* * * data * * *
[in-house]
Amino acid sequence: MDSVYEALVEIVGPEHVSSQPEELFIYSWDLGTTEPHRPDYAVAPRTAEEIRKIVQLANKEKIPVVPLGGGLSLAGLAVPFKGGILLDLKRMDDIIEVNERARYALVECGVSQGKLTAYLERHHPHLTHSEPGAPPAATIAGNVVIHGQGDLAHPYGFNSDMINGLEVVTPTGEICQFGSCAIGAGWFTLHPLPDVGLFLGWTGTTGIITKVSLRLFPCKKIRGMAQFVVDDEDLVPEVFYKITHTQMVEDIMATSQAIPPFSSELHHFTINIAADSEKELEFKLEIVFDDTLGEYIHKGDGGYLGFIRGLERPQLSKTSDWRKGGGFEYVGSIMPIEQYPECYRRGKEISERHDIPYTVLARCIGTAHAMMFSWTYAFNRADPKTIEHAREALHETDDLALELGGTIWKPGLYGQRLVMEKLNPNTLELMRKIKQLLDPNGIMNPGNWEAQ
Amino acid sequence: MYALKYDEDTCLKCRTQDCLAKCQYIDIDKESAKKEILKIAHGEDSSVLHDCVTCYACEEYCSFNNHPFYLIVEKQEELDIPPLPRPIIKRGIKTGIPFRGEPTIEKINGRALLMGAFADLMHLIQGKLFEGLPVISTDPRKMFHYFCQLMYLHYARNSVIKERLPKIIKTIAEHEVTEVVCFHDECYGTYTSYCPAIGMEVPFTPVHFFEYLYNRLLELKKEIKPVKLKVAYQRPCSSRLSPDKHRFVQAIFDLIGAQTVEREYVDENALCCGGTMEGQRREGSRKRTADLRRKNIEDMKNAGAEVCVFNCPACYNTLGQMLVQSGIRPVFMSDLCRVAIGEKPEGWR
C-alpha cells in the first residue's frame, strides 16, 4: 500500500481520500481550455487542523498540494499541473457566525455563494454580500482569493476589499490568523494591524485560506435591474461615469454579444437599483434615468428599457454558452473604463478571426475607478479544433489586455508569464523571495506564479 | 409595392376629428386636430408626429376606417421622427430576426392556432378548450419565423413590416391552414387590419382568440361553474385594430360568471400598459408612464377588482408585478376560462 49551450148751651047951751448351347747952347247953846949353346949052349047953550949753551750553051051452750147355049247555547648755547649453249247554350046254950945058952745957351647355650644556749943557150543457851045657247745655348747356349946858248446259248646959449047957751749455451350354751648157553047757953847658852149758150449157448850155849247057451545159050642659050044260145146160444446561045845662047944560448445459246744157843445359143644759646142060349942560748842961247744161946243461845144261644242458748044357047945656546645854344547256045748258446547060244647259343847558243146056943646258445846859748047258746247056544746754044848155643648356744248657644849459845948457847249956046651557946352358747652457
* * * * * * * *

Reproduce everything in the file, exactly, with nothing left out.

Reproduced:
[in-house]
Amino acid sequence: MDSVYEALVEIVGPEHVSSQPEELFIYSWDLGTTEPHRPDYAVAPRTAEEIRKIVQLANKEKIPVVPLGGGLSLAGLAVPFKGGILLDLKRMDDIIEVNERARYALVECGVSQGKLTAYLERHHPHLTHSEPGAPPAATIAGNVVIHGQGDLAHPYGFNSDMINGLEVVTPTGEICQFGSCAIGAGWFTLHPLPDVGLFLGWTGTTGIITKVSLRLFPCKKIRGMAQFVVDDEDLVPEVFYKITHTQMVEDIMATSQAIPPFSSELHHFTINIAADSEKELEFKLEIVFDDTLGEYIHKGDGGYLGFIRGLERPQLSKTSDWRKGGGFEYVGSIMPIEQYPECYRRGKEISERHDIPYTVLARCIGTAHAMMFSWTYAFNRADPKTIEHAREALHETDDLALELGGTIWKPGLYGQRLVMEKLNPNTLELMRKIKQLLDPNGIMNPGNWEAQ
Amino acid sequence: MYALKYDEDTCLKCRTQDCLAKCQYIDIDKESAKKEILKIAHGEDSSVLHDCVTCYACEEYCSFNNHPFYLIVEKQEELDIPPLPRPIIKRGIKTGIPFRGEPTIEKINGRALLMGAFADLMHLIQGKLFEGLPVISTDPRKMFHYFCQLMYLHYARNSVIKERLPKIIKTIAEHEVTEVVCFHDECYGTYTSYCPAIGMEVPFTPVHFFEYLYNRLLELKKEIKPVKLKVAYQRPCSSRLSPDKHRFVQAIFDLIGAQTVEREYVDENALCCGGTMEGQRREGSRKRTADLRRKNIEDMKNAGAEVCVFNCPACYNTLGQMLVQSGIRPVFMSDLCRVAIGEKPEGWR
C-alpha cells in the first residue's frame, strides 16, 4: 500500500481520500481550455487542523498540494499541473457566525455563494454580500482569493476589499490568523494591524485560506435591474461615469454579444437599483434615468428599457454558452473604463478571426475607478479544433489586455508569464523571495506564479 | 409595392376629428386636430408626429376606417421622427430576426392556432378548450419565423413590416391552414387590419382568440361553474385594430360568471400598459408612464377588482408585478376560462 49551450148751651047951751448351347747952347247953846949353346949052349047953550949753551750553051051452750147355049247555547648755547649453249247554350046254950945058952745957351647355650644556749943557150543457851045657247745655348747356349946858248446259248646959449047957751749455451350354751648157553047757953847658852149758150449157448850155849247057451545159050642659050044260145146160444446561045845662047944560448445459246744157843445359143644759646142060349942560748842961247744161946243461845144261644242458748044357047945656546645854344547256045748258446547060244647259343847558243146056943646258445846859748047258746247056544746754044848155643648356744248657644849459845948457847249956046651557946352358747652457